Through the Looking Glass

There are writers feel story and character ideas are fed to them from “somewhere else”, a parallel universe perhaps, where these characters and stories truly exist.

 

 

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My no. 1 flat in Budapest – photo Nannette Vinson

Clearly, that “somewhere else” is a very vague concept and means different things to different scribes. Nonetheless, writers who hold such beliefs say it is very important to allow your mind to be open to receiving these ideas – wherever they come from.

Personally, I’ve had moments when I felt plugged into a conduit, receiving stories, characters and ideas- though I hesitate to say if this was a spiritual event or just the  way the brain works in creative mode.

And it is a rare enough event – I can never conjure ‘the writing rapture’ but if I write often it’ll roll around every now and again. And when it does, it’s a  magical moment when stories and characters come swimming to me, all done-up, pre-packaged and ready to go.

All we can do is sit down to write every day- most days you’ll get coal but if you keep at it, the diamond muse will show up sooner or later.

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About suehealy

Irish writer/playwright Sue Healy’s work has been supported and developed by Arts Council England, Dublin’s Abbey Theatre, the Peggy Ramsay Foundation, the Heinrich Boll Association and Waterford Corporation/Tyrone Guthrie Centre. Her short play ‘The Dog in the Tree House‘ won the 2017 Claremorris Fringe Award. In 2016, her debut stage production, ‘Brazen Strap’ showed at the King’s Head Theatre. She was a finalist for the 2016 Eamon Keane Playwriting Prize, the 2016 Nick Darke Award and the 2016 Old Vic 12. In 2017, her work shows at the Hackney Attic (January) and the Etcetra Theatre (April). Sue’s nine radio dramas have broadcast on BBC Radio 4,WLRfm, KCLR96fm. She has also won the Sussex Playwrights’ Award, presented in the Festival of Contemporary European Drama and has had staged readings of her work in London, Norwich, Brighton and Cornwall. A UEA Creative Writing MA alumna, Sue’s prose won seven national prizes: the Molly Keane Memorial Award, BBC Opening Lines, Escalator Prize and HiSSAC Award. She spent eleven years in Budapest, editing Hungary A.M. Presently, she is London-based, researching a PhD on the Royal Court Theatre. Sue is Deputy Literary Manager at the Finborough Theatre. View all posts by suehealy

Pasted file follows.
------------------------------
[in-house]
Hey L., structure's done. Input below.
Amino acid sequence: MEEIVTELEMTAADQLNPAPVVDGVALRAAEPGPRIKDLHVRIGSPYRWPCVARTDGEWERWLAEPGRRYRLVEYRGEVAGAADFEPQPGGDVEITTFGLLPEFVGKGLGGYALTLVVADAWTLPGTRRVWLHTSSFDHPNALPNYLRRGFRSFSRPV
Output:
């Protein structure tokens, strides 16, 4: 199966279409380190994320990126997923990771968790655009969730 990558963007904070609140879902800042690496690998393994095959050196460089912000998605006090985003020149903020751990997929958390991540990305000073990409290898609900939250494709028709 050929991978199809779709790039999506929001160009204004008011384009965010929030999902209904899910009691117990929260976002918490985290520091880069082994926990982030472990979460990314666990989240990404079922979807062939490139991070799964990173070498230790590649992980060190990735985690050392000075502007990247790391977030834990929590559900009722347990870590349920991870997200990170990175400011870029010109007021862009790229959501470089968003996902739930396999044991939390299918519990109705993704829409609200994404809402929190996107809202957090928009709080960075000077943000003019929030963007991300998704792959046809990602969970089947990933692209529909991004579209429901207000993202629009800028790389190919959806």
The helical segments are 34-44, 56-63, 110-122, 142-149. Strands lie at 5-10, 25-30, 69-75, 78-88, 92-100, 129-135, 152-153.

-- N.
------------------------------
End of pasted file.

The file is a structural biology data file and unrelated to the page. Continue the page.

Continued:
15 responses to “Through the Looking Glass

  • David Barker

    Hi Sue, great post. I’ve had this experience many times while writing, the feeling that characters, actions, dialog are coming to me effortless, as if I am channeling them. Also, I’ve often dreamed scenes for stories I’m writing, or even seen the already written page, and when I wake up, I recall all the words, and write them down verbatim. As you say, either it’s a gift from “out there”, or it’s how the creative mind works.

  • Ignorethebucklesonmyjacket

    I walk around during the day next to my “characters.” I can sometimes see how they would deal with situations…and it sparks ideas and real life scenarios. I can channel those when I get a chance to sit down at the end of the day.

  • Kourtney Heintz

    I never question where the inspiration comes from. I just scribble it down when it comes and be thankful for its arrival. 🙂